Allan, or Jake as he was known to his friends, was born in 1916 in Winnipeg in Manitoba, Canada. He left Winnipeg for England in June 1936 to join the RAF, and on the 14th January 1939, he received a Short Service Commission.
In the Spring of 1940, he became a pilot of 613 Squadron (City of Manchester) Auxiliary Airforce during the Battle of France, which was also known as the Fall of France.
Web Master: 613 Squadron was formed at Ringway on the 1st March 1939 as an Auxiliary Air Force Army Co-operation Unit. This was an initiative to develop air operations in support of ground forces, balloon maintenance and transport. Initially the Squadron was equiped with Hawker Hinds and then Hawker Hectors. When Jake joined the Squadron, Westland Lysanders started to arrive and by May, the Squadron was being used for light bombing and supply-dropping missions over France.
Jack received a DFC while he was with 613 Squadron. His Citation was as follows:
On 25th May 1940, Pilot Officer Edy was a member of a formation of aircraft detailed to carry out a dive-bombing attack on a heavy battery near Calais. He pressed home his attack in the face of severe anti-aircraft fire with the utmost courage. His bombs were observed to fall inside the target area, and it was later reported that the battery had been moved. On the 27th May 1940, this officer took part in low flying bombing and supply dropping sorties over the Calais garrison area and although his single front gun failed, the raid was carried out at a very low altitude. By the skilful manipulation of his aircraft, Pilot Officer Edy not only evaded the enemy anti-aircraft defences, but enabled his air gunner to put two machine gun posts out of action. He remained over the target, drawing the enemy fire to himself until the supply dropping aircraft no longer required support. Pilot Officer Edy has shown a complete disregard of personal danger and has set a fine example by his keenness and magnificent spirit.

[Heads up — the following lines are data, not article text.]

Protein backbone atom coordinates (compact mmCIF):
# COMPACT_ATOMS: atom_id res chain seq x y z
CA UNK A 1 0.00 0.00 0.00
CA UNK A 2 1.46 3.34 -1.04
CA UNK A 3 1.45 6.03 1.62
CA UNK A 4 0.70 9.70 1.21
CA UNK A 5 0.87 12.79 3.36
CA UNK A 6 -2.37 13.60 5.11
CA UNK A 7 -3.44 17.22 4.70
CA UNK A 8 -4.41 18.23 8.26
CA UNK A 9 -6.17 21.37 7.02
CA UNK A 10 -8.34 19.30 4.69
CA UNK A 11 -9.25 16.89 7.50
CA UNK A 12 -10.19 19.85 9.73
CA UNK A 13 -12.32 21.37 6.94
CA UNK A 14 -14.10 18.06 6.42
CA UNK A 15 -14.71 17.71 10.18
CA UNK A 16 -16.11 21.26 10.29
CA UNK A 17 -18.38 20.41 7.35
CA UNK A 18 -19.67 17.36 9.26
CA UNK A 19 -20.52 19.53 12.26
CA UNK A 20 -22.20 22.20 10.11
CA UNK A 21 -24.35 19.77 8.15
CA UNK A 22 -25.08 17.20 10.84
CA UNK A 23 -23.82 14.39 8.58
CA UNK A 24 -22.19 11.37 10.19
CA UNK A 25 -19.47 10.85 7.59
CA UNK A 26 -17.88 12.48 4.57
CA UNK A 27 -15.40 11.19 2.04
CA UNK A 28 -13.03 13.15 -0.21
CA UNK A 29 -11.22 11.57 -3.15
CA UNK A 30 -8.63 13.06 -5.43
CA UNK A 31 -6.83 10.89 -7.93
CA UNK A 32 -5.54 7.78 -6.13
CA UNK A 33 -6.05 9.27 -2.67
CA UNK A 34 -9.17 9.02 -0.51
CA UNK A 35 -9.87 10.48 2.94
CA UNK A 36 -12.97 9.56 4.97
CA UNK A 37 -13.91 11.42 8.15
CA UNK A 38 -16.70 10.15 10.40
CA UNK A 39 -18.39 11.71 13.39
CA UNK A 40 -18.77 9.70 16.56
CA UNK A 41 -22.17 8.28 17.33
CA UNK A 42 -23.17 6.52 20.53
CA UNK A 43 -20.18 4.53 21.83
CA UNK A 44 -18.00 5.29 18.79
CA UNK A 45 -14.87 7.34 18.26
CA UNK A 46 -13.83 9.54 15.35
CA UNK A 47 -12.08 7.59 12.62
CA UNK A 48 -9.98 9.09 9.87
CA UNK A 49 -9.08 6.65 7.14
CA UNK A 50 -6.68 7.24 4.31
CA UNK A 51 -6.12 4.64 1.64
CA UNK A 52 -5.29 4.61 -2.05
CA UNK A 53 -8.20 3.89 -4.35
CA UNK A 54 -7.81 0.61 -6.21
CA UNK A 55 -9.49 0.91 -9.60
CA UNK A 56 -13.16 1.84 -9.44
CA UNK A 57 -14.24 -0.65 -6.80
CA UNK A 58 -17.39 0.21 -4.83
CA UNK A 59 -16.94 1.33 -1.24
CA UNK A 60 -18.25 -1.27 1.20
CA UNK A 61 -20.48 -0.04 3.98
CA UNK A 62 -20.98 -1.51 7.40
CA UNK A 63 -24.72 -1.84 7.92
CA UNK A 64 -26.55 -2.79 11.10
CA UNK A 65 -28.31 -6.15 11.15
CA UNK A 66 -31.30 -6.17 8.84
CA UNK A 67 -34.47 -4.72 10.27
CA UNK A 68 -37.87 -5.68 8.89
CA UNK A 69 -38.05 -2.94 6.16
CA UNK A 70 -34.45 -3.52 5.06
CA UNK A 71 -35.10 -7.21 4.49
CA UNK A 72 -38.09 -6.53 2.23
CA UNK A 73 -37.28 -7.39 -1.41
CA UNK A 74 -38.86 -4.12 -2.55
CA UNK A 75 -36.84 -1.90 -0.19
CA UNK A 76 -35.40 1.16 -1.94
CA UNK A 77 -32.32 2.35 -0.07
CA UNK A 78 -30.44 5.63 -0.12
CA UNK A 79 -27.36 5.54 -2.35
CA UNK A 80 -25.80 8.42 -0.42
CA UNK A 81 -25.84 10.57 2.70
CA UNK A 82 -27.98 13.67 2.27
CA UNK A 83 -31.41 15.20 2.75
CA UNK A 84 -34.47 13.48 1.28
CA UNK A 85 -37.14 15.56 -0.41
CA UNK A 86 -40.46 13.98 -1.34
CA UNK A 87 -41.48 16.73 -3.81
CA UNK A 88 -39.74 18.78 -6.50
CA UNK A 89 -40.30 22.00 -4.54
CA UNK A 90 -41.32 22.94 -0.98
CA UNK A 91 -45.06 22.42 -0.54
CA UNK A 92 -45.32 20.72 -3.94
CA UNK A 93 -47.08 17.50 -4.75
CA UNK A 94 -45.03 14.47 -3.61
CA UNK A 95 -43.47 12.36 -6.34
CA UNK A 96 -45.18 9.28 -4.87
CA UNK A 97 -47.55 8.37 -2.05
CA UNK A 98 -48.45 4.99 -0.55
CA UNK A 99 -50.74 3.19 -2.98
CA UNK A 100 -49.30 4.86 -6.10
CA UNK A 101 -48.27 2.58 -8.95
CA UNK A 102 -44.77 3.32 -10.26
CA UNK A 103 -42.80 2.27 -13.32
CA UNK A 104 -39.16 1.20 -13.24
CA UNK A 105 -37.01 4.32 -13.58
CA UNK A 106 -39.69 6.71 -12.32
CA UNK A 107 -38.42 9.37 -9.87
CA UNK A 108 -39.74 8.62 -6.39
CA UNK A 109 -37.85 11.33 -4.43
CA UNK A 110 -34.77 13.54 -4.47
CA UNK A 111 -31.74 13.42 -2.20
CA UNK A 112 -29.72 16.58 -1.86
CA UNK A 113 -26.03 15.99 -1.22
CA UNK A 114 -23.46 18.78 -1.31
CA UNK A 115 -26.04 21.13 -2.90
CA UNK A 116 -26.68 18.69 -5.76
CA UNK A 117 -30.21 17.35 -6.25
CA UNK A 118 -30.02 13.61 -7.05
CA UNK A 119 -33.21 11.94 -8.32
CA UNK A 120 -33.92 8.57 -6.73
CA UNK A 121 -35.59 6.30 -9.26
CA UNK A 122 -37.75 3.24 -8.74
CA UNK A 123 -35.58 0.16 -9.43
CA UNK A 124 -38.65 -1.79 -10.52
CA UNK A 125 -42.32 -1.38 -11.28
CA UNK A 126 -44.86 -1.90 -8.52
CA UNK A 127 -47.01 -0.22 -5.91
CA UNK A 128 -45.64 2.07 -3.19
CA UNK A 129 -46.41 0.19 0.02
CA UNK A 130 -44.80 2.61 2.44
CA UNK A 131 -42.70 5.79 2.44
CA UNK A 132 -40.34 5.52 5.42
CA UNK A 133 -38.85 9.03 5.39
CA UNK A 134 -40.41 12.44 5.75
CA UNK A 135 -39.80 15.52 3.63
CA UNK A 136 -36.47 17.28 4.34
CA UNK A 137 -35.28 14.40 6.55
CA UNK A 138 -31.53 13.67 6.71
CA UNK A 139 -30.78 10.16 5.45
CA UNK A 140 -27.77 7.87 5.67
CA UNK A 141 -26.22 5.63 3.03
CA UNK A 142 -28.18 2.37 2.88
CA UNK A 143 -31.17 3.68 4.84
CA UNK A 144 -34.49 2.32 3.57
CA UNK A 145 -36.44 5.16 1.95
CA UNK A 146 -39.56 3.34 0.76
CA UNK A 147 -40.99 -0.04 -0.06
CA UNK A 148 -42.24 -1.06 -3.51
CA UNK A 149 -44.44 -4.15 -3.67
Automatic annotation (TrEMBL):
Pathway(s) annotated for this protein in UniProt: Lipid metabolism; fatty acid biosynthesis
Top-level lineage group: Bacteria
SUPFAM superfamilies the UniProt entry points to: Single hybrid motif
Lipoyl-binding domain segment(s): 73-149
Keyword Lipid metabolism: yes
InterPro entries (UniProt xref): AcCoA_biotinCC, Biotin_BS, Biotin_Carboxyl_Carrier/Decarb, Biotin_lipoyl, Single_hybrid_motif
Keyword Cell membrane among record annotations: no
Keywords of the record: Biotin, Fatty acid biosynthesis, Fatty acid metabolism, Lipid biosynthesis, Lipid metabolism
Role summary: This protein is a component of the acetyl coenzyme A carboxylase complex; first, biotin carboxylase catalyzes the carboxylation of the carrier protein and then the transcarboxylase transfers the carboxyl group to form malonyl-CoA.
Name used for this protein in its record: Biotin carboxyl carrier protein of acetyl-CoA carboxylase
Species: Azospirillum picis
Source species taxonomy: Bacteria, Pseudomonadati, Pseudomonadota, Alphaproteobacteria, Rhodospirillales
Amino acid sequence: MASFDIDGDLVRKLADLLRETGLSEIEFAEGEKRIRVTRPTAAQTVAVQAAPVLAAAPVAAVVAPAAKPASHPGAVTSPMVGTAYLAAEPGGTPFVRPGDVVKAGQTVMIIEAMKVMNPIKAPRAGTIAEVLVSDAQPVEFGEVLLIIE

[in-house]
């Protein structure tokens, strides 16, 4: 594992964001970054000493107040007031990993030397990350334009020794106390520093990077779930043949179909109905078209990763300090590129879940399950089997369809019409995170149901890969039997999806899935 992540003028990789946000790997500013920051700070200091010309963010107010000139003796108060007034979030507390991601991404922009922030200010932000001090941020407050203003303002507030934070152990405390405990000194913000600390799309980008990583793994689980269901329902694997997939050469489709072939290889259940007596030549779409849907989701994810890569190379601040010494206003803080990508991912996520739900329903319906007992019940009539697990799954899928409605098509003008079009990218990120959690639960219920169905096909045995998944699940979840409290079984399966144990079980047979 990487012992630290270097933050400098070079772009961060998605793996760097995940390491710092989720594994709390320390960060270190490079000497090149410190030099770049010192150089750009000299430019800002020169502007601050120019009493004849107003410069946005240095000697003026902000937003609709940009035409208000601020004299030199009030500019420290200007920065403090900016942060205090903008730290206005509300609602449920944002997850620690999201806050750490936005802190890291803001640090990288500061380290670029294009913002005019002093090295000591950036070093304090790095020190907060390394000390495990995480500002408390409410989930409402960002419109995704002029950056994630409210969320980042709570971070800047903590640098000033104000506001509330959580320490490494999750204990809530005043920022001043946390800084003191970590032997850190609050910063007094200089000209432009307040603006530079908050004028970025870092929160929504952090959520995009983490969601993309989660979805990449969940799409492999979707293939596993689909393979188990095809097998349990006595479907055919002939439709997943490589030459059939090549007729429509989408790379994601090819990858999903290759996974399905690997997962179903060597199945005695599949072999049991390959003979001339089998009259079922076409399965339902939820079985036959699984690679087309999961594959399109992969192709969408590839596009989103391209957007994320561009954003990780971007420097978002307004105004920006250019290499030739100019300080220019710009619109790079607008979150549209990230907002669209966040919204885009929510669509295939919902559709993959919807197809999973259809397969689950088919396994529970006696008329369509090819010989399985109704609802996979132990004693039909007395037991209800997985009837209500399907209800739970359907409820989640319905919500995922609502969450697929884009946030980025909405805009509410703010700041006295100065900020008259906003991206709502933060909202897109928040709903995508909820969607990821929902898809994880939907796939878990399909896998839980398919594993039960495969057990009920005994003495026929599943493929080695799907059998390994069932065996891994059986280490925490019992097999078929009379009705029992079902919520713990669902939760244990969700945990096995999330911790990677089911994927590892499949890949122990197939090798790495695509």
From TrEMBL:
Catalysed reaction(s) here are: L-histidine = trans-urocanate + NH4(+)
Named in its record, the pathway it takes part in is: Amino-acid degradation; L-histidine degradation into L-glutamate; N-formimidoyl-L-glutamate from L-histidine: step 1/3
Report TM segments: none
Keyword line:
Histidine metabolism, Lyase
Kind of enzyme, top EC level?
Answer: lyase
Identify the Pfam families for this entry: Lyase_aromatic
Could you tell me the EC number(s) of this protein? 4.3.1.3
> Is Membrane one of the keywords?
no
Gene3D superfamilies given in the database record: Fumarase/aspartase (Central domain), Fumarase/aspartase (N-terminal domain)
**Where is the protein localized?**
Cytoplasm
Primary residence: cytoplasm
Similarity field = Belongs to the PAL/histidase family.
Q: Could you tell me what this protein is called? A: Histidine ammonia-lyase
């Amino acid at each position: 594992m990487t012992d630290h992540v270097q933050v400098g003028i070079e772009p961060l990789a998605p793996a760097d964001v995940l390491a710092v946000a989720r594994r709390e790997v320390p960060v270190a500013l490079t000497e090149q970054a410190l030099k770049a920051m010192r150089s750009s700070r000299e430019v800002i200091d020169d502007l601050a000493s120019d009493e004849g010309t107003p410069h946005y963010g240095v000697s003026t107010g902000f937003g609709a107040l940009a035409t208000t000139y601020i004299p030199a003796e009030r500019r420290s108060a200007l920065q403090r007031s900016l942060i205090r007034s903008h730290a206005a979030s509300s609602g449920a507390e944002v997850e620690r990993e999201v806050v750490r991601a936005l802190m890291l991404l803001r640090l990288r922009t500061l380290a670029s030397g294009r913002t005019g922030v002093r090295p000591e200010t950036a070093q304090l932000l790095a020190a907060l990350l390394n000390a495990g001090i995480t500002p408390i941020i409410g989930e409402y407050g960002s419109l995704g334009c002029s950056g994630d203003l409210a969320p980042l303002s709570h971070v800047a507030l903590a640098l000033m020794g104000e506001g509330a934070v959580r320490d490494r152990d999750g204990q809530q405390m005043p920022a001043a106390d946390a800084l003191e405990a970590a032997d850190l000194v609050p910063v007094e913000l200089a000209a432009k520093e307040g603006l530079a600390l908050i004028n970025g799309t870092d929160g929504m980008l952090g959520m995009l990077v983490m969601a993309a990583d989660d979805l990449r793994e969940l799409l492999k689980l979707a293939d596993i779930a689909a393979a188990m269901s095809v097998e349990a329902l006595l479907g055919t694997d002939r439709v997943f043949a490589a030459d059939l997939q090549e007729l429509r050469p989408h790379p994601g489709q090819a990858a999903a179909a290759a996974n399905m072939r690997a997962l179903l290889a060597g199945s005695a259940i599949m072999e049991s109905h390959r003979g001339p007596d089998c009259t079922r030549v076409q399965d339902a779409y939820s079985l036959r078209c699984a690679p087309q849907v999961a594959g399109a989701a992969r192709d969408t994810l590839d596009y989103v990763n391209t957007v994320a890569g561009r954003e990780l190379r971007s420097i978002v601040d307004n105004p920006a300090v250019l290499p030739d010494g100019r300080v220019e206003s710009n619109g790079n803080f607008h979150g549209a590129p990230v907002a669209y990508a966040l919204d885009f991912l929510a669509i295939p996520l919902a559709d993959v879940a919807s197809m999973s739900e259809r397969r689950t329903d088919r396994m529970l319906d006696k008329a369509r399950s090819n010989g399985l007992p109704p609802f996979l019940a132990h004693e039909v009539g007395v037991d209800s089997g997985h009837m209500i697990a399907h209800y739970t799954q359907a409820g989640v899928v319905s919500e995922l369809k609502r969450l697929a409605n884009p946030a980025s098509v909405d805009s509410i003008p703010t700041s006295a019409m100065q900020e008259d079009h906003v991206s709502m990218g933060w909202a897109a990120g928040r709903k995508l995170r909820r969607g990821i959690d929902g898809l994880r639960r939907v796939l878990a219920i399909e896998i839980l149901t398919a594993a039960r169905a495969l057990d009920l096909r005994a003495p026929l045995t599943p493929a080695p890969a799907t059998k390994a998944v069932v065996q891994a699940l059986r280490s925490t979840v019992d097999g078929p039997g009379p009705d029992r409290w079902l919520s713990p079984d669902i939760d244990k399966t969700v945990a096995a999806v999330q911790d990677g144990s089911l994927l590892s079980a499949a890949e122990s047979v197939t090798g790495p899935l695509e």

Then, after training as a fighter pilot, on the 8th September 1940, Jake was posted to 602 (City of Glasgow) Squadron, which was another Auxiliary Air Force Army Co-operation Unit. There, he flew Spitfires in the latter stages of the Battle of Britain. On the 12th December 1940, he was shot down by Me109s near Folkestone and crash-landed at Shorncliffe, unhurt, in Spitfire X4658.
Web Master: 602 Squadron was originally formed in 1925 as a light bomber squadron. Its role changed in 1938 to an Army Co-operation Unit and in 1939 to that of a fighter squadron flying Spitfires.
Jake was then posted 315 Squadron (Polish) RAF, when it was formed at Aklington on the 21st January 1941, as a Flight Leader there until June 1941. While he was with 315 squadron, he was shot down over Liverpool, but managed to bail out and descend safely. . He moved to 457 (RAAF) Squadron when it was formed at Baginton on 16th June 1941. The photo is of 315 Squadron’s emblem.
After Jake completed his first tour of operations, he was posted to 457 Squadron RAAF for his second tour. when the Squadron was formed at Bagington on the 16th June 1941. As well as a founder member, he was the Squadrons first B Flight leader and remained so until he was killed on the 5th December 1941. He was in his Spitfire IIA, P7502, when it caught fire and spun into the ground over Ramsey on the Isle of Man. He bailed out, but was too low for his parachute to open.
Jake is buried in St Andrew’s churchyard, Andreas, Isle of Man. He was 25 years old.
Thank you Wikipedia (Squadron information)
Updated by Vince Conant
The Spitfire Association